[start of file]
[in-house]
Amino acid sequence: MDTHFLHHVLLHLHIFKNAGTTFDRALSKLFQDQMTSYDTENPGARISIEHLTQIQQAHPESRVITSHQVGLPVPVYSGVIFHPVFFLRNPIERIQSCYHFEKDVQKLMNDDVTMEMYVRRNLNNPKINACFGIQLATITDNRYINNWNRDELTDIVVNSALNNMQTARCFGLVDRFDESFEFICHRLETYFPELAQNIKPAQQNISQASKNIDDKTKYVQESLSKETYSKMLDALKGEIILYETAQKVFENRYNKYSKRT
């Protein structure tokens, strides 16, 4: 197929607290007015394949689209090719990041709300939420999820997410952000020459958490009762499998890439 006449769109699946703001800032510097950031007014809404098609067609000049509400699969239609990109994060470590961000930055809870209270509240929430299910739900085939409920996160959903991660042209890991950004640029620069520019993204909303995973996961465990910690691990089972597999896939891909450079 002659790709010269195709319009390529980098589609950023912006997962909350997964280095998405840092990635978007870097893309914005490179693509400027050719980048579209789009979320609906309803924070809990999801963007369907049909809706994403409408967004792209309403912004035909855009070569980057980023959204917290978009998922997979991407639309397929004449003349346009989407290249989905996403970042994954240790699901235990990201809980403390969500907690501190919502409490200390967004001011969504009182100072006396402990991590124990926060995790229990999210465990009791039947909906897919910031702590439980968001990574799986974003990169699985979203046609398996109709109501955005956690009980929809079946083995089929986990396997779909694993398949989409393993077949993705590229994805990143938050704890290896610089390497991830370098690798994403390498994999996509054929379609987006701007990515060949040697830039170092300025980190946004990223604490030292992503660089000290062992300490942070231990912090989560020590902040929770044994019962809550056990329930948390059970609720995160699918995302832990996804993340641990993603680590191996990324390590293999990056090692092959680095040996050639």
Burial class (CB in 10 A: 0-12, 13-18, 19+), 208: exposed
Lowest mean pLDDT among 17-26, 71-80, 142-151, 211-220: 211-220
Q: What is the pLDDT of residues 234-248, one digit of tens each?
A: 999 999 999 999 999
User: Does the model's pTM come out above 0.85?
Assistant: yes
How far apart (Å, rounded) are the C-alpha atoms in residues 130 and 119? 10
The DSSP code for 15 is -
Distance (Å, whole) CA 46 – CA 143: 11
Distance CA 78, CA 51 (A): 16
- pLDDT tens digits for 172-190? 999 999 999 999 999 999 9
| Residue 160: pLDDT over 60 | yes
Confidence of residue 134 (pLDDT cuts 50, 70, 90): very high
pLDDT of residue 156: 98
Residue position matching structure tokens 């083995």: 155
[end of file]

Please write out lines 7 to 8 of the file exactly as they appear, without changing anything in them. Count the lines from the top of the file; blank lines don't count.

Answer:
A: 999 999 999 999 999
User: Does the model's pTM come out above 0.85?